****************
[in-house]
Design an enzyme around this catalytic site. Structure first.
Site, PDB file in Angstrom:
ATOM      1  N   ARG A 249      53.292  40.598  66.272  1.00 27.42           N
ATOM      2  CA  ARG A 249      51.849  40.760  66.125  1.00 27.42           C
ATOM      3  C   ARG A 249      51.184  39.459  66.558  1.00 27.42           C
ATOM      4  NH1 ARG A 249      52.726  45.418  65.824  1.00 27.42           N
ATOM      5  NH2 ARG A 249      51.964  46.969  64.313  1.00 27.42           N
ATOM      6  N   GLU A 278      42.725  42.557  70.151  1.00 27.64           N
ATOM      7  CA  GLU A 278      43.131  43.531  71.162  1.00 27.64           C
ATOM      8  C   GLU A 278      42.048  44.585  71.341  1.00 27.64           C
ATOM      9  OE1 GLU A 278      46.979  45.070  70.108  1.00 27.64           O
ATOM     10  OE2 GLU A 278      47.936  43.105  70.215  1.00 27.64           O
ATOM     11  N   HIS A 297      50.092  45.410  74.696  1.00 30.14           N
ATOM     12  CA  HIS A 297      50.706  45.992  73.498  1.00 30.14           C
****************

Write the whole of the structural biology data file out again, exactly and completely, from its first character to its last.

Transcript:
[in-house]
Design an enzyme around this catalytic site. Structure first.
Site, PDB file in Angstrom:
ATOM      1  N   ARG A 249      53.292  40.598  66.272  1.00 27.42           N
ATOM      2  CA  ARG A 249      51.849  40.760  66.125  1.00 27.42           C
ATOM      3  C   ARG A 249      51.184  39.459  66.558  1.00 27.42           C
ATOM      4  NH1 ARG A 249      52.726  45.418  65.824  1.00 27.42           N
ATOM      5  NH2 ARG A 249      51.964  46.969  64.313  1.00 27.42           N
ATOM      6  N   GLU A 278      42.725  42.557  70.151  1.00 27.64           N
ATOM      7  CA  GLU A 278      43.131  43.531  71.162  1.00 27.64           C
ATOM      8  C   GLU A 278      42.048  44.585  71.341  1.00 27.64           C
ATOM      9  OE1 GLU A 278      46.979  45.070  70.108  1.00 27.64           O
ATOM     10  OE2 GLU A 278      47.936  43.105  70.215  1.00 27.64           O
ATOM     11  N   HIS A 297      50.092  45.410  74.696  1.00 30.14           N
ATOM     12  CA  HIS A 297      50.706  45.992  73.498  1.00 30.14           C